# Fourier Coefficients

Discussion in 'Homework Help' started by RdAdr, Oct 23, 2015.

May 19, 2013
214
1
I can't seem to find how the Fourier coefficients change with frequency.

For given signals, I can see how they change once I calculate the Fourier series.

But I want something more in a general sense. Can someone give me directions? Name of a book maybe.

2. ### WBahn Moderator

Mar 31, 2012
23,158
6,972
Having a hard time figuring out what you are getting at.

Could you walk through a simple example?

3. ### RBR1317 Active Member

Nov 13, 2010
417
81
Fourier coefficients are determined by the shape of the waveform over one complete cycle. Does the waveform shape over one complete cycle change with frequency? Once you calculate the Fourier series for a given signal, how would the coefficients change?

May 19, 2013
214
1
For the Fourier series of a signal that has value E for T/2 and then value -E for the other half of the period, the Fourier coefficients are of the form:

constant/k

So, the amplitudes fall with k. But they do not depend on the frequency. As the frequency of the periodic signal changes, the Fourier coefficients stay the same.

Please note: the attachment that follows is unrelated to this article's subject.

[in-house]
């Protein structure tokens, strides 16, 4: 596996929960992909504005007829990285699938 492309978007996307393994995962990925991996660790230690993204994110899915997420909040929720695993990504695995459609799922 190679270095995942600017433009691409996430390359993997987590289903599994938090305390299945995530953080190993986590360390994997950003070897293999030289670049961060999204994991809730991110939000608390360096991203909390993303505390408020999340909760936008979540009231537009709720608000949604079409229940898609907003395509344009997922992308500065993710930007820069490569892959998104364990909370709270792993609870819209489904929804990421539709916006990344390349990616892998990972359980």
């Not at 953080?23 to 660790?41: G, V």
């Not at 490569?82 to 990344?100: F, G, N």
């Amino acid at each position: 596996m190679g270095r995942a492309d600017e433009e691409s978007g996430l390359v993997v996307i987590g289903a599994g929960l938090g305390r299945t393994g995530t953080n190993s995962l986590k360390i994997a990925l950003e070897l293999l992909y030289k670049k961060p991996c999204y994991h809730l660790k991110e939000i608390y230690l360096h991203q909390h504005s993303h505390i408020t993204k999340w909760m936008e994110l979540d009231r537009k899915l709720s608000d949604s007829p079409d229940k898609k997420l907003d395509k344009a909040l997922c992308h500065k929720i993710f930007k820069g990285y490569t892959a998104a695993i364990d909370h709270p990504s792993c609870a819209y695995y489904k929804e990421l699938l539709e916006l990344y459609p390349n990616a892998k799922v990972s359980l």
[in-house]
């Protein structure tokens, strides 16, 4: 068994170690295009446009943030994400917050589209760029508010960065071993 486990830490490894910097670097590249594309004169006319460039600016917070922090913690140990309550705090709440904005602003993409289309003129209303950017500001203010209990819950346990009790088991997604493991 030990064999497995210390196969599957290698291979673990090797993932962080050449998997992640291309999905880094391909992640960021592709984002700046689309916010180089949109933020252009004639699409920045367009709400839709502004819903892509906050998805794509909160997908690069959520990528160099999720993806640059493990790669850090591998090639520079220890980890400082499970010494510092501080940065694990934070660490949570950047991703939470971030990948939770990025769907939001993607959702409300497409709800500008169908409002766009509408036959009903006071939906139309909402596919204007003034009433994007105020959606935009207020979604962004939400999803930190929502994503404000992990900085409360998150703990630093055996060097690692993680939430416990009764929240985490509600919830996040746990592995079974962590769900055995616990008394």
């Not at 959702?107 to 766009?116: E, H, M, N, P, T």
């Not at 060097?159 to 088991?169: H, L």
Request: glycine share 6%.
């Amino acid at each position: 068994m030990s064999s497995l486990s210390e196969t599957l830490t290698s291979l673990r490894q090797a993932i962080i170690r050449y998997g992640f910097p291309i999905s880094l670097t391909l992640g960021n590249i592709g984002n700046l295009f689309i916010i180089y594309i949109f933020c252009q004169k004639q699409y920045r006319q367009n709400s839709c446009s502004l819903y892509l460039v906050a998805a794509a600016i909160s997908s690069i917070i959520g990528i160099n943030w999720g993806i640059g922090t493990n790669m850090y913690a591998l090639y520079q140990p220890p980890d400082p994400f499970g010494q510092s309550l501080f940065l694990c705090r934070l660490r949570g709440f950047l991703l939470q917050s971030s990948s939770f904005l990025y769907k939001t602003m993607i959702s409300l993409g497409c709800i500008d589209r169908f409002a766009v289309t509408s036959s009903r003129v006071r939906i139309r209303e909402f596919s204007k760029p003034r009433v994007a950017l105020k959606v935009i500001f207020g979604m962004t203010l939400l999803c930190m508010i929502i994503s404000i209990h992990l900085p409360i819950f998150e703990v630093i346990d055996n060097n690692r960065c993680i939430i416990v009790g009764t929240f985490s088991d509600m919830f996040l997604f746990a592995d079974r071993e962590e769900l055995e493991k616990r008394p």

For the Fourier series of an half-wave sinusoidal, the Fourier coefficients fall with 1/k^2, but again frequency does not play a role.

The Fourier coefficients of a triangular wave, however, do depend on frequency.

So, I am wondering if there is a theorem or something that explain how the amplitudes of the Fourier coefficients change with frequency.
How they change with k, I know. There is a theorem that based on the bounded variation of the derivatives of the signal, it tells you that they fall with 1/k or 1/k^2 or 1/k^3 or ...

I am talking about the simple an,bn coefficients. Not the complex ones obtained from mixing these simple up.

Last edited: Oct 24, 2015

May 19, 2013
214
1
I'm not sure I am following you.

Once I calculate, the Fourier coefficients either change with frequency or not.